Then please follow it in your actual lives. Thanks a bunch!
Hey there Pro-Choice Generation!
I felt that I had to post a submission. I live outside of US, therefore we do not have that much of an angry debate here as people do in US, but I felt that I needed to put in my ‘2 cents’.
First, I am pro-choice. For me, personally (and that really means, me personally, I do not make any decisions or thoughts for anyone else nor imply my opinion on anyone else) this means that abortion should be available for those who seek it, need it or want it. That’s it, this is the basis of my pro-choice stance.
Another thing that words pro-choice mean to me is that a woman has the ability to choose whether she terminates the pregnancy, carries it full-term and then gives up the child or has the child and keeps it. This is also a choice, hence pro-choice (not pro-life as many put it). I, personally, do not like the wording pro-life because life means 2 days and 100 years, both are life: if one is pro-life then I expect one to be also pro-education, pro-clothes, pro-home, pro-family, pro-love and pro-care for every child there is. Can we really say all these children in foster homes and put up for adoption (which is one of the main arguments given as a good alternative for abortion) really have these options? Do they really have love, care, warmth, decent education, clothes and food? What about families and the numbers of kids and young adults who leave the system after years of nobody wanting them?
As already said, I am pro-choice in the sense that women have a choice. It is a choice for me or for you or for someone I know to go to a clinic or a hospital and ask for an abortion, and after counseling, check-ups, presented alternative options, that person receives it. It also means a choice for those, who do not want or seek abortion. Me being pro-choice does not harm anyone who is against abortion, abortion being available to women does not harm any woman who does NOT want abortion, seek it or use it; it only helps that woman who really needs it.
In my country, the first time a child receives sex ed is when said child is 10-11 years old. They are taken to a youth clinic and shown simplified, cartoon-like short film about sex, conception and birth and the specialist on site then asks and answers questions. Sex ed is continued ever since after that age: kids are shown how to use condoms (bananas and pillows), how to put them on correctly and told what is the prevention rate of a pregnancy when a condom is used correctly. Girls are told about pills and the need to be accurate while taking them. Abstinence is not the key in the talk about how not to fall pregnant, instead children and adolescents are told to be sure that when they have sex, it is with someone they care deeply about, have serious relationship with, know how to prevent pregnancies and know that even if they do have sex, then there is nothing wrong with it. Sex, as said, is a natural part of life and while nobody can prevent teens from having sex, every measure is used to make sure that at least they are all having protected sex.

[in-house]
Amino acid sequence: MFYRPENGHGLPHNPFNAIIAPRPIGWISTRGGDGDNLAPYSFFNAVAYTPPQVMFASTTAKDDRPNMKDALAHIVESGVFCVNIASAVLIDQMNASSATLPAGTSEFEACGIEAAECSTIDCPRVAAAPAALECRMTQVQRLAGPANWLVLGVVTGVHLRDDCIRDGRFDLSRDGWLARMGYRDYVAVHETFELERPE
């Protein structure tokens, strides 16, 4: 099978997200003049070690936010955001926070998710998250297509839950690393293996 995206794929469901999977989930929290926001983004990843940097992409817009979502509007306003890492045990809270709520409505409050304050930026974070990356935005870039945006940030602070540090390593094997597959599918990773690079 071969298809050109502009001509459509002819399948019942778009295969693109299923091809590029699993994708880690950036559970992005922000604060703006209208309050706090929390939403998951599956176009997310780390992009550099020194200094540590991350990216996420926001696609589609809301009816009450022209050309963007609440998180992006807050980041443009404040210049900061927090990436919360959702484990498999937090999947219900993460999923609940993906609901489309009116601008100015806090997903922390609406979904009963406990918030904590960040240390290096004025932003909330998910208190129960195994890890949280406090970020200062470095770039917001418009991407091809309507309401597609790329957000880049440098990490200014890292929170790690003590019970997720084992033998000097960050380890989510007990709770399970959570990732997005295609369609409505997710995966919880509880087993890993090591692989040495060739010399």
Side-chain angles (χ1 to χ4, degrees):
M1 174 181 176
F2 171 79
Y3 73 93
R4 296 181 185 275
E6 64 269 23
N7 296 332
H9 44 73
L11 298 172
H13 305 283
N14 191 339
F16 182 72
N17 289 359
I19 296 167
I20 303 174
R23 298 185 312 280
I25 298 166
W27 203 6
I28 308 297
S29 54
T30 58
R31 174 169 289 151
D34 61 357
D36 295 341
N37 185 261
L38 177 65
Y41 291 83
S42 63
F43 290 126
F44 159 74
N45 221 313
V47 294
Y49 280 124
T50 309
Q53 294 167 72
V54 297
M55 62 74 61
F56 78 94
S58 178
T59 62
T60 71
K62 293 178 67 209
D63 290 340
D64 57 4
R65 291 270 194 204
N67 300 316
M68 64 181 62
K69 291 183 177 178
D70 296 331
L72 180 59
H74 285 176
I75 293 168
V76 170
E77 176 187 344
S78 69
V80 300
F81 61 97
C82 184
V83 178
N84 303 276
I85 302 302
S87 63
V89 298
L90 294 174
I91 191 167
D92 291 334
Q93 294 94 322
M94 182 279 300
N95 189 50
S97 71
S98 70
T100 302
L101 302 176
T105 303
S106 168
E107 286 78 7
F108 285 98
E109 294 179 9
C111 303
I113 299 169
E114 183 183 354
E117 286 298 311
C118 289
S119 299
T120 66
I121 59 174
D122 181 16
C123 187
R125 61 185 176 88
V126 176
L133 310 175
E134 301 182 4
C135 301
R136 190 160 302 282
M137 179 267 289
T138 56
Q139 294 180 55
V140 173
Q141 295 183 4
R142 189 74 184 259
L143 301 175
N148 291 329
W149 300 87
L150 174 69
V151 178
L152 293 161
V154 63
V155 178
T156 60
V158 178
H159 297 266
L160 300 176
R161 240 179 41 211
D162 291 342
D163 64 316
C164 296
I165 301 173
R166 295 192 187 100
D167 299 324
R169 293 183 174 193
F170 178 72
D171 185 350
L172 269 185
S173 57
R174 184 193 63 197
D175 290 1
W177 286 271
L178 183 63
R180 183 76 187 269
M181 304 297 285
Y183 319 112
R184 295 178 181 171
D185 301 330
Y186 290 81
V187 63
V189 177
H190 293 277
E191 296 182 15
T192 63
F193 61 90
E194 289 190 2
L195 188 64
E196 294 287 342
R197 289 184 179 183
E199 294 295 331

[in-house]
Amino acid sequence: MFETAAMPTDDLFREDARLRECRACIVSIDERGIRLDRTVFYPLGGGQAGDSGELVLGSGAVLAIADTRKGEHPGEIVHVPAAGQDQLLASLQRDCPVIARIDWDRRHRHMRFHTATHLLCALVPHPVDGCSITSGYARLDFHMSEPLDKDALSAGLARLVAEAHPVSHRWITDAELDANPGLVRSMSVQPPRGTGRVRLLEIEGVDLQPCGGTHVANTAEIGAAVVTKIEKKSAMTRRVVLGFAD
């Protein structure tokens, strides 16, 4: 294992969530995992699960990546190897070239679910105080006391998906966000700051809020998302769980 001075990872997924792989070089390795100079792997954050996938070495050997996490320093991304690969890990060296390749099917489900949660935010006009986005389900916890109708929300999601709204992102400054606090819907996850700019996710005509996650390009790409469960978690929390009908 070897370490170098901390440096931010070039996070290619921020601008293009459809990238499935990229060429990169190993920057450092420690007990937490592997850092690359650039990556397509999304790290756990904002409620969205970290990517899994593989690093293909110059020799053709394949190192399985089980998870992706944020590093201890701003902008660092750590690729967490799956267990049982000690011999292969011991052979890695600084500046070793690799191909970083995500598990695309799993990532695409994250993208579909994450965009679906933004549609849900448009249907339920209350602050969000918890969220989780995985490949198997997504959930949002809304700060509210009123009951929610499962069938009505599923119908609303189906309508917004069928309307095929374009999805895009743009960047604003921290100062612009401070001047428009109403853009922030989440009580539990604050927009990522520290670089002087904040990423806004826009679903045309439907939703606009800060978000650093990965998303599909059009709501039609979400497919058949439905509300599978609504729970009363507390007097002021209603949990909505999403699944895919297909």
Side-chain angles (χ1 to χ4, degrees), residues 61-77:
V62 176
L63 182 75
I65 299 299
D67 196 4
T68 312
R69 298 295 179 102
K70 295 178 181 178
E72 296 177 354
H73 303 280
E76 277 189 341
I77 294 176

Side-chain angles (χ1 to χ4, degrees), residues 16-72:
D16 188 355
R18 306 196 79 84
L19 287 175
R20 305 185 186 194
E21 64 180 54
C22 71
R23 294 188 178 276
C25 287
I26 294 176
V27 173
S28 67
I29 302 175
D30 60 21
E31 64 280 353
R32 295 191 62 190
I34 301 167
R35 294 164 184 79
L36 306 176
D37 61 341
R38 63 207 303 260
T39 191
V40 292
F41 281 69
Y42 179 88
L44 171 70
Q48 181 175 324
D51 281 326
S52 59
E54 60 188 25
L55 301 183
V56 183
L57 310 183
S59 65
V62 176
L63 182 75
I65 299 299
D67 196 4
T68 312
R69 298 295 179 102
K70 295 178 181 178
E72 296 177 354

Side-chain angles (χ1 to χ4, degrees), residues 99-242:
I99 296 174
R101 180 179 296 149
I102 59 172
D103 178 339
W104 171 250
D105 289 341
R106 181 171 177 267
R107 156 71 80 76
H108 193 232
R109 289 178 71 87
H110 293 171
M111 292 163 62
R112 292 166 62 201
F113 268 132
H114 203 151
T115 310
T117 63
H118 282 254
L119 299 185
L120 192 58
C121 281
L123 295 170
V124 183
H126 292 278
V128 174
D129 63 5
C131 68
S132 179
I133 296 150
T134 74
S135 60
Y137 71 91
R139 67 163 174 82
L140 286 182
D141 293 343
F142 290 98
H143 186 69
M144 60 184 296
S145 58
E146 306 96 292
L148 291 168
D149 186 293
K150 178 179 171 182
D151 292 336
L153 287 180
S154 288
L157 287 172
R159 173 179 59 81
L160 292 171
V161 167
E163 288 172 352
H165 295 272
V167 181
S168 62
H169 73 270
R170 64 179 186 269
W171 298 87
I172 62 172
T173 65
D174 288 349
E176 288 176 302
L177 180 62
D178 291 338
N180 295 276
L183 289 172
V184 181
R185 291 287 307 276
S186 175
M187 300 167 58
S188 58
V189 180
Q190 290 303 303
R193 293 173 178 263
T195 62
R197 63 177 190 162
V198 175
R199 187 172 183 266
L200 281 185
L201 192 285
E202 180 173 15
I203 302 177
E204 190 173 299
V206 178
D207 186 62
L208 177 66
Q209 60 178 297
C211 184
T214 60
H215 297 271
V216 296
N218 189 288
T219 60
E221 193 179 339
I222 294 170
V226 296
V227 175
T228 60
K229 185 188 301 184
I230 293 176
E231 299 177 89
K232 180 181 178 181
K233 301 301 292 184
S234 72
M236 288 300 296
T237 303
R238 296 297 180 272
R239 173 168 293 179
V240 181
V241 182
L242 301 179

I personally hope that I will never have to face that question to abort or not to abort. I hope that when I am glancing at that pregnancy test, I will feel immense joy and happiness and elation of my feelings. Should, I, however not feel like that or should something else prevent my joy, then I want to have options to deal with this in the least painful, horrendous, shameful way. I do not want to take a shamewalk among protestors, who think I am a heartless b***h who goes to kill her child; I want to be considered a person who has thought through all options available. If my child should be gravely ill and not live past 3 months of infancy (my personal friend went through this, I do not wish this pain for my worst enemies), I do not want either of us, my child or me, to suffer from it. If there is a proven chance I might die, I do not want to make my husband make a choice between me and my child or face the uncertainty. If there is a possibility that having a child would reduce me and my husband into poverty and bankruptcy (and thus, limit my child into living a life of no-life as well) then I do not want that for my child. A child needs to be loved and cared, but the woman must be loved, cared, fed and lived as well. A pregnancy does not make a woman only a mother, she is a mother as well a woman, she deserves to live for HERself as well as for her family. She has to be able to put HERself first sometimes, because a child does not mean that said child comes first and foremost, always, period.